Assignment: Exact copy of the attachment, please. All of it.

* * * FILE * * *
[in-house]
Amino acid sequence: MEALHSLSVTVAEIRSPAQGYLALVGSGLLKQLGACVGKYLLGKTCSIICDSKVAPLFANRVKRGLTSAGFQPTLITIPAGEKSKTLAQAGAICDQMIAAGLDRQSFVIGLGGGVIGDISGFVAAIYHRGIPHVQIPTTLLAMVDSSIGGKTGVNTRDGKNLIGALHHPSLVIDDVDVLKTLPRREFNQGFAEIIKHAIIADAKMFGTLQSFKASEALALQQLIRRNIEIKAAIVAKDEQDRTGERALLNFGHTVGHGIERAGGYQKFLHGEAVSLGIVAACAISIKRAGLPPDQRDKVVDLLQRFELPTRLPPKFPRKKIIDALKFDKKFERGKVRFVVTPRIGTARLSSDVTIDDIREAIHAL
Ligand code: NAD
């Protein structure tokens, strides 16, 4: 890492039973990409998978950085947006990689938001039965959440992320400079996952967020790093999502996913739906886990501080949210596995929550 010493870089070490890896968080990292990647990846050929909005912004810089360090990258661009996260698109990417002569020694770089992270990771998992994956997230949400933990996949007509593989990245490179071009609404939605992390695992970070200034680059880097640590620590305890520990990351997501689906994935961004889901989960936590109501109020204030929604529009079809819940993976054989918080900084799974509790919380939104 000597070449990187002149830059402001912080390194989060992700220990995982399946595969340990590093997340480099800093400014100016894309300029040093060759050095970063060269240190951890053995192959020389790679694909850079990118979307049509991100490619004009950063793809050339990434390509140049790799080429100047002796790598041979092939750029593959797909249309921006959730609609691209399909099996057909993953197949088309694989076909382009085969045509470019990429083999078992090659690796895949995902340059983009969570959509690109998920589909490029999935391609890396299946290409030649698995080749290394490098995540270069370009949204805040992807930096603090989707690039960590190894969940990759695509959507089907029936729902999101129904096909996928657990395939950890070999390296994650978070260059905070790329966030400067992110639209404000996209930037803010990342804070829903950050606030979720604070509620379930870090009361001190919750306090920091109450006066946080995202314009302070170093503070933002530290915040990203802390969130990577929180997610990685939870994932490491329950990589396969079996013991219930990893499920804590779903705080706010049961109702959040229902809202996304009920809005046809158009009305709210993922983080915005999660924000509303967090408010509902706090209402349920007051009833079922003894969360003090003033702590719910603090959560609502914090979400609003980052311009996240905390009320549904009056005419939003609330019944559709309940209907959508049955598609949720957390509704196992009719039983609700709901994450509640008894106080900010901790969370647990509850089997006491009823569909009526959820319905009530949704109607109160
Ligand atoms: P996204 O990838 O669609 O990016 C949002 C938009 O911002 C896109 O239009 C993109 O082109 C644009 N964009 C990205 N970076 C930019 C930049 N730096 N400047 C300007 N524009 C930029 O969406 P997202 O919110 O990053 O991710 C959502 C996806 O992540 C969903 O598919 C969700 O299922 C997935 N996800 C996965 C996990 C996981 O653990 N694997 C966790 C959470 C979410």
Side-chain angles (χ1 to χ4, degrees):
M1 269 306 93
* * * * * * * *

[in-house]
Amino acid sequence: MEALHSLSVTVAEIRSPAQGYLALVGSGLLKQLGACVGKYLLGKTCSIICDSKVAPLFANRVKRGLTSAGFQPTLITIPAGEKSKTLAQAGAICDQMIAAGLDRQSFVIGLGGGVIGDISGFVAAIYHRGIPHVQIPTTLLAMVDSSIGGKTGVNTRDGKNLIGALHHPSLVIDDVDVLKTLPRREFNQGFAEIIKHAIIADAKMFGTLQSFKASEALALQQLIRRNIEIKAAIVAKDEQDRTGERALLNFGHTVGHGIERAGGYQKFLHGEAVSLGIVAACAISIKRAGLPPDQRDKVVDLLQRFELPTRLPPKFPRKKIIDALKFDKKFERGKVRFVVTPRIGTARLSSDVTIDDIREAIHAL
Ligand code: NAD
């Protein structure tokens, strides 16, 4: 890492039973990409998978950085947006990689938001039965959440992320400079996952967020790093999502996913739906886990501080949210596995929550 010493870089070490890896968080990292990647990846050929909005912004810089360090990258661009996260698109990417002569020694770089992270990771998992994956997230949400933990996949007509593989990245490179071009609404939605992390695992970070200034680059880097640590620590305890520990990351997501689906994935961004889901989960936590109501109020204030929604529009079809819940993976054989918080900084799974509790919380939104 000597070449990187002149830059402001912080390194989060992700220990995982399946595969340990590093997340480099800093400014100016894309300029040093060759050095970063060269240190951890053995192959020389790679694909850079990118979307049509991100490619004009950063793809050339990434390509140049790799080429100047002796790598041979092939750029593959797909249309921006959730609609691209399909099996057909993953197949088309694989076909382009085969045509470019990429083999078992090659690796895949995902340059983009969570959509690109998920589909490029999935391609890396299946290409030649698995080749290394490098995540270069370009949204805040992807930096603090989707690039960590190894969940990759695509959507089907029936729902999101129904096909996928657990395939950890070999390296994650978070260059905070790329966030400067992110639209404000996209930037803010990342804070829903950050606030979720604070509620379930870090009361001190919750306090920091109450006066946080995202314009302070170093503070933002530290915040990203802390969130990577929180997610990685939870994932490491329950990589396969079996013991219930990893499920804590779903705080706010049961109702959040229902809202996304009920809005046809158009009305709210993922983080915005999660924000509303967090408010509902706090209402349920007051009833079922003894969360003090003033702590719910603090959560609502914090979400609003980052311009996240905390009320549904009056005419939003609330019944559709309940209907959508049955598609949720957390509704196992009719039983609700709901994450509640008894106080900010901790969370647990509850089997006491009823569909009526959820319905009530949704109607109160
Ligand atoms: P996204 O990838 O669609 O990016 C949002 C938009 O911002 C896109 O239009 C993109 O082109 C644009 N964009 C990205 N970076 C930019 C930049 N730096 N400047 C300007 N524009 C930029 O969406 P997202 O919110 O990053 O991710 C959502 C996806 O992540 C969903 O598919 C969700 O299922 C997935 N996800 C996965 C996990 C996981 O653990 N694997 C966790 C959470 C979410």
Side-chain angles (χ1 to χ4, degrees):
M1 269 306 93